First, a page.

The fire grabs your attention. If you don’t rush to snuff it out, fire transforms and allows for new growth.
Recently, a client of mine, who is an adoptive parent, received disturbing news about his child’s birth family. My client was scorched; I watched the blisters forming. His pain and fear were palpable. But he was also relieved to discuss his concerns in the privacy of therapy, still protecting his child’s own story, and with a fellow adoptive parent no less. “Who else can I tell?” he exclaimed.
At the same time, my response surprised me. At first, I flashed upon Gazillion Voices’ own John Sanvidge, whose wonderful film, Finding Seoul, depicts him searching for birth family and, at one point, receiving gut-wrenching news about his parents. “Well, John seems to have turned out pretty well,” I lamely thought. The film is intensely personal and complex; still, I spontaneously snatched at John’s story like an oven mitt to protect from the intense heat.
(I kept all that to myself. I am a trained psychotherapist.)
As I listened to my client, my thoughts shifted, pausing in the flame, and I heard myself talking to him about community. “This is your child’s personal, private story, of course. But in a sense this is our collective story.” (My God, who or what was I channeling? That didn’t sound like me!) I went on, going all Old Testament: “It’s the story of our people, the transracial adoptive families. There is always, always some pain, some loss, some terrible circumstances.” My client and I spent some more time in and around the fire, and then he went home. We were changed and drawn closer because of it.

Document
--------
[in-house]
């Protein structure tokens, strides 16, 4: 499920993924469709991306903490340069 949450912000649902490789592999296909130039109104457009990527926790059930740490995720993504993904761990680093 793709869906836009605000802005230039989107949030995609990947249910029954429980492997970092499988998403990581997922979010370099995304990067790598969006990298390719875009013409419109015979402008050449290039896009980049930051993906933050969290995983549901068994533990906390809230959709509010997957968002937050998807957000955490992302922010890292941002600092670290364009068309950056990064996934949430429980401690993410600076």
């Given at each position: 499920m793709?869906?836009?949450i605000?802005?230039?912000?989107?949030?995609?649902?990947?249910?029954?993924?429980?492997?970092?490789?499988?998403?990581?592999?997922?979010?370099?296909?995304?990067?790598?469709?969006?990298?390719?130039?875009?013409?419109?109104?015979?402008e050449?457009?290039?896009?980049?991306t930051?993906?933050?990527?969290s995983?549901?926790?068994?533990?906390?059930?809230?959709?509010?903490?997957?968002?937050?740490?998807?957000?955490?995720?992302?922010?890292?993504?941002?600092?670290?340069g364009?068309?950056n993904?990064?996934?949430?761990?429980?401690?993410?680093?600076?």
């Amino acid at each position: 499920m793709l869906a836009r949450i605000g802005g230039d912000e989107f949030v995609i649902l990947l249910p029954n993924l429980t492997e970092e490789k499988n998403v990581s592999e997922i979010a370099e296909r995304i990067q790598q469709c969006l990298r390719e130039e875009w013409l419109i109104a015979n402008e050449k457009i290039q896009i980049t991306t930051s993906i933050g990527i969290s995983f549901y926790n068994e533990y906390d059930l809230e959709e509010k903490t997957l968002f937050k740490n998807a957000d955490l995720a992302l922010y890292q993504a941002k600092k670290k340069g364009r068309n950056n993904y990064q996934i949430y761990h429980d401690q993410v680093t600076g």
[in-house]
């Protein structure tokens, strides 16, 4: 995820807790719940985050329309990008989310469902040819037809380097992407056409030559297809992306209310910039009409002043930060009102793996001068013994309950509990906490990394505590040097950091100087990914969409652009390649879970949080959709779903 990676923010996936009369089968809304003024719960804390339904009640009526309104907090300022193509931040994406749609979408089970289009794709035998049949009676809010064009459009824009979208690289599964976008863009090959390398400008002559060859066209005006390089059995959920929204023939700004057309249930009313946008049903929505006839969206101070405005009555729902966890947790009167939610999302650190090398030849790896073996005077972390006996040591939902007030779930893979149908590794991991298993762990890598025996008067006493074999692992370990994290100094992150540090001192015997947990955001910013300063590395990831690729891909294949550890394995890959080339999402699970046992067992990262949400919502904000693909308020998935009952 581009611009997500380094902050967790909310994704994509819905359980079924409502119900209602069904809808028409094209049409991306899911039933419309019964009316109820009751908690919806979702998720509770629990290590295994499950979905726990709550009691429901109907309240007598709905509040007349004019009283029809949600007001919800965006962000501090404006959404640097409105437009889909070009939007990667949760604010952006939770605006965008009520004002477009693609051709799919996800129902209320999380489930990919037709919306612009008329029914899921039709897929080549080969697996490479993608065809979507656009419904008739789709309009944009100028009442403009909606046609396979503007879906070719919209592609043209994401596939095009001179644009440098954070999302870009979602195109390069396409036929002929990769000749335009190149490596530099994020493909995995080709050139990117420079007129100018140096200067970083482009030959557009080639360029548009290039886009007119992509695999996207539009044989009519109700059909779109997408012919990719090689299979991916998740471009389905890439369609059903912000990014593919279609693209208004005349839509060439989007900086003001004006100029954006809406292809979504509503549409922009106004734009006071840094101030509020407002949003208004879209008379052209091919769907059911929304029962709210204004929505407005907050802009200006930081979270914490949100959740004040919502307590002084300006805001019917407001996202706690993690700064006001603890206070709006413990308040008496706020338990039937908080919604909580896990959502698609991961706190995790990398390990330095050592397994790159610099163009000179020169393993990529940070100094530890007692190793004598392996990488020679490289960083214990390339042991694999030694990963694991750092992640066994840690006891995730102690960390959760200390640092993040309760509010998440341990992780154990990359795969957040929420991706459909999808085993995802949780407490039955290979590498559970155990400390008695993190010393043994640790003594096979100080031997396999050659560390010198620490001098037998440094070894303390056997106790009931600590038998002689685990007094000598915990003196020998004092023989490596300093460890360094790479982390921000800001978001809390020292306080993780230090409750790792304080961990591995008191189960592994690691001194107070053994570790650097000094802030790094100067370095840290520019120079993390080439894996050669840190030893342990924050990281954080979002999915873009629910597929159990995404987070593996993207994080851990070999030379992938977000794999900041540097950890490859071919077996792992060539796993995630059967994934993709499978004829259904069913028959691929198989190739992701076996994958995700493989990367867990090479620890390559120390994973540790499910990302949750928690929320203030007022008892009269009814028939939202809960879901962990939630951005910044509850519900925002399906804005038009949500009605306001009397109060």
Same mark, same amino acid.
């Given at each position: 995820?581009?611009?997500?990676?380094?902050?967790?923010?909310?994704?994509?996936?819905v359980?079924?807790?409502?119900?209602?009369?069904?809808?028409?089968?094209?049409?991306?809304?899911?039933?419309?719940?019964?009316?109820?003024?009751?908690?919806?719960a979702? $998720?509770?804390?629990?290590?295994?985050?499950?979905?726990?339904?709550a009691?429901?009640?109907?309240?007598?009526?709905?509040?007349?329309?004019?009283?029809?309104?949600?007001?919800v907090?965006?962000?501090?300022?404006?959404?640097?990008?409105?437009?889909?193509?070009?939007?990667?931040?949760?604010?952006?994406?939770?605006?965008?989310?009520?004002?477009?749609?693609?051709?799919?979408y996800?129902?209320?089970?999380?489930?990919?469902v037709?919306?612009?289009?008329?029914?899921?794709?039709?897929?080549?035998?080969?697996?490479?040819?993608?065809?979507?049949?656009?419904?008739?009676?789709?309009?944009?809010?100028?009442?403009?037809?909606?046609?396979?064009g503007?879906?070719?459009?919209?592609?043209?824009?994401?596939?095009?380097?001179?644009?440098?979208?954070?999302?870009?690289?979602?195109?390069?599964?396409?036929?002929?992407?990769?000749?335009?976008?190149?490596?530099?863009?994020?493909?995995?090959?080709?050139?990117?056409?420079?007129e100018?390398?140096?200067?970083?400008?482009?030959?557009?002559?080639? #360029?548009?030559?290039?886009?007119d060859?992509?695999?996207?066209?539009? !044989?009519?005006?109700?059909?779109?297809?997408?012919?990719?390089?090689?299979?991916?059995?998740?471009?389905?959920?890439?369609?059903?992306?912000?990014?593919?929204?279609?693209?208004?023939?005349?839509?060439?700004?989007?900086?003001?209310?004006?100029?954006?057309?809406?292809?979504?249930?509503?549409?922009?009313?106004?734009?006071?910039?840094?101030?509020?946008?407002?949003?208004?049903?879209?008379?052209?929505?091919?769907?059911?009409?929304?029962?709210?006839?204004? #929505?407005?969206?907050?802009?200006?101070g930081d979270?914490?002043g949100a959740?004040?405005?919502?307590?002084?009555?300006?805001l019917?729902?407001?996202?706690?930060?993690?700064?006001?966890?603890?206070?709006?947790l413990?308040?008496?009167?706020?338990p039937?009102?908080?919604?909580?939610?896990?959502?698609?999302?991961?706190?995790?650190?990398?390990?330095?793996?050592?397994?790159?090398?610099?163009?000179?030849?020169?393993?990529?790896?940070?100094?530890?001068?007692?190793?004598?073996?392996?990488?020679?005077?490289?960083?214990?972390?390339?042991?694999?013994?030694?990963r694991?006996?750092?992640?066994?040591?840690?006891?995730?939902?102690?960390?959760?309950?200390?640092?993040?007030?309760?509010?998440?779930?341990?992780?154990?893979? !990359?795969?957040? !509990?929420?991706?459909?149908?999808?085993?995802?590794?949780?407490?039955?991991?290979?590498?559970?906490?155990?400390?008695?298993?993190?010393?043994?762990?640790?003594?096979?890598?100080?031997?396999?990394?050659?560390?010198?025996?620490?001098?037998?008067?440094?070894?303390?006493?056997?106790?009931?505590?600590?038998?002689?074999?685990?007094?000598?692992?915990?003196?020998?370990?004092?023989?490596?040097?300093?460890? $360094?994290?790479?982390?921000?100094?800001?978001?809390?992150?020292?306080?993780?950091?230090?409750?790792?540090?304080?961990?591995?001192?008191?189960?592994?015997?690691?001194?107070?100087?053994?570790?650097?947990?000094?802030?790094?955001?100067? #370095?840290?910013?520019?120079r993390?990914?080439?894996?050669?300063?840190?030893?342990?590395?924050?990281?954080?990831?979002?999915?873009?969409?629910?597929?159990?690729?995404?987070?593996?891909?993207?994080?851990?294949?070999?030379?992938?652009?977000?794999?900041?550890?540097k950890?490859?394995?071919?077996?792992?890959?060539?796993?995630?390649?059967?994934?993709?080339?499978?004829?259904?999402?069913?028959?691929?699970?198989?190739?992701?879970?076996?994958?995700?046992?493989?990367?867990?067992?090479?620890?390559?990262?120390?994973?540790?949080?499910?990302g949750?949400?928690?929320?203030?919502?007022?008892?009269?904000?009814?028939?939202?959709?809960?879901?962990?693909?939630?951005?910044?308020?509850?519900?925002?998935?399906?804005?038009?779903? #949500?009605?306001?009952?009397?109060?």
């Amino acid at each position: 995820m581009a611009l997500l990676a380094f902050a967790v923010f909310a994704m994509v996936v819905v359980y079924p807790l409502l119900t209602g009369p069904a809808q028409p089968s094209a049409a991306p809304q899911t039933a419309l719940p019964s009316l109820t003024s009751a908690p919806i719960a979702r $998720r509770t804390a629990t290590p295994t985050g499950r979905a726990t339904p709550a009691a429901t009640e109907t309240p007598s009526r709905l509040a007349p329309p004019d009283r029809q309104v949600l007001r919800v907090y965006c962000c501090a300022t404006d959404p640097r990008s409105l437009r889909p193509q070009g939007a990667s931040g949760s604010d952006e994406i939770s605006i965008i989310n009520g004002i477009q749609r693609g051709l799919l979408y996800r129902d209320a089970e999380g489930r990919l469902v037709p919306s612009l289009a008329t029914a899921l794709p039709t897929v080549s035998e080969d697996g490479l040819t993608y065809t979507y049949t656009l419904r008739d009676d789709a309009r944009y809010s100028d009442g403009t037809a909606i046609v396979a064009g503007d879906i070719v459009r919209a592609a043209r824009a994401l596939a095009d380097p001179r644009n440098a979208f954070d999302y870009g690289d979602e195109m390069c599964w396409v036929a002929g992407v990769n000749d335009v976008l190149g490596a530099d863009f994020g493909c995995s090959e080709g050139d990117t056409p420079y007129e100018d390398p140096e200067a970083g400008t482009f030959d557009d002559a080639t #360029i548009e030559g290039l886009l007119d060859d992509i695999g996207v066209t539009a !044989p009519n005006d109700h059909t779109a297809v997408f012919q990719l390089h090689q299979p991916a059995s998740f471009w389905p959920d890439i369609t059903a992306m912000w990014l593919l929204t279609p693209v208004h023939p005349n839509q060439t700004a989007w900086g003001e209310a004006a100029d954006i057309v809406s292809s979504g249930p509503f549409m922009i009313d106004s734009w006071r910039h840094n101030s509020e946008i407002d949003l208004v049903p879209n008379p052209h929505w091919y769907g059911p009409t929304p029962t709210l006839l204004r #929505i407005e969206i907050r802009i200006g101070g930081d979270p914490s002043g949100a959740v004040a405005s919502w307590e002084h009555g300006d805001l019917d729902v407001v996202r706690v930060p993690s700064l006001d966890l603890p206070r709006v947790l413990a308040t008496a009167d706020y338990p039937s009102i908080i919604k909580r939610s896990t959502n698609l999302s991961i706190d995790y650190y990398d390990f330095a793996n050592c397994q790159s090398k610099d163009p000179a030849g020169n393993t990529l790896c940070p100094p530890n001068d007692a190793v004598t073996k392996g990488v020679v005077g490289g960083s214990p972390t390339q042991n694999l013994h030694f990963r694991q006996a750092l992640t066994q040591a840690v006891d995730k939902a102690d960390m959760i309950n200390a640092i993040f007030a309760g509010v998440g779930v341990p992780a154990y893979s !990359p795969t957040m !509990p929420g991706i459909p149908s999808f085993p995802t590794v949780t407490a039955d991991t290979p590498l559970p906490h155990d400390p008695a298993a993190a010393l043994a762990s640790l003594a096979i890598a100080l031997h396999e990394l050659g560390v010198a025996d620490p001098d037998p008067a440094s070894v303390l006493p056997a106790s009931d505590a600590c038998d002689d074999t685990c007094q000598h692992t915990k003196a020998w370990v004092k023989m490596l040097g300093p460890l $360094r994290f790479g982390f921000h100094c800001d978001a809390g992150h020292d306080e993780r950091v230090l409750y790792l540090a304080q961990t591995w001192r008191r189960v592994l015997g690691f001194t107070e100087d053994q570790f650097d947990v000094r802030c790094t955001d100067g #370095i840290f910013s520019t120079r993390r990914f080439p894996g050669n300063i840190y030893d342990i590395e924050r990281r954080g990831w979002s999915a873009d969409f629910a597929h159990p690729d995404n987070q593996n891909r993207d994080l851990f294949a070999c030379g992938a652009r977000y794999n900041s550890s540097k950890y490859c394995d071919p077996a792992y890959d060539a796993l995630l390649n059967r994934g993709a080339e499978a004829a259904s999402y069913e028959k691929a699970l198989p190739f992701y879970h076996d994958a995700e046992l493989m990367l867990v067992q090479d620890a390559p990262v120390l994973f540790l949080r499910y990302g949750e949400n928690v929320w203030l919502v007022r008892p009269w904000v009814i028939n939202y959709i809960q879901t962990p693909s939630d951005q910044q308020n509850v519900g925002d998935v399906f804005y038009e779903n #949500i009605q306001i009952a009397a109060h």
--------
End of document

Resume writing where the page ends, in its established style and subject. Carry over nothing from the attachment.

And, finally, to speak utterly personally, not as a professional, and without the safe distance (please note the defense employed: intellectualization, my personal favorite): in what instances have I been most alarmed and disturbed? In fact, the fire metaphor is imperfect. At its most acute, the sensation is not pain. It’s fear: scalding, blistering fear. What will become of my child? Will he descend irrevocably into pain and confusion? If I reach out, can she grab my hand? Two years ago, when my young daughter slammed her precious skull into a tree while sledding, I was right there and didn’t reach her in time to stop it. I didn’t save her. In the aftermath, things turned out ok, but that fear (what would her pupils look like when she opened her eyes?) is branded in my memory. What happened that chilly afternoon? I grabbed her and held her. I watched her. I kept her awake.
When confronted with adoptees’ stories of pain and loss, of struggle, the undeniable fear etches a tattoo onto my consciousness: my people are hurting, my kids are hurt. Of course, I wish them to be ok, but I can’t will it so. Instead, I listen. With my children, I need to watch the eyes, help to keep them awake, and, when they allow, hold them very close.
David and I have talked about this quite a lot. It’s advice we’ve given out to newer and prospective adoptive parents and parents new to thinking about the real complexities surrounding adoption. We discuss it on email lists, Facebook pages, adoptive family conferences, post-adoption support organizations, and when adoptive parents (or prospective ones) reach out or come to our psychotherapy offices for a consultation to examine their very own “adoption issues” rather than to fix their children’s “adoption problems.”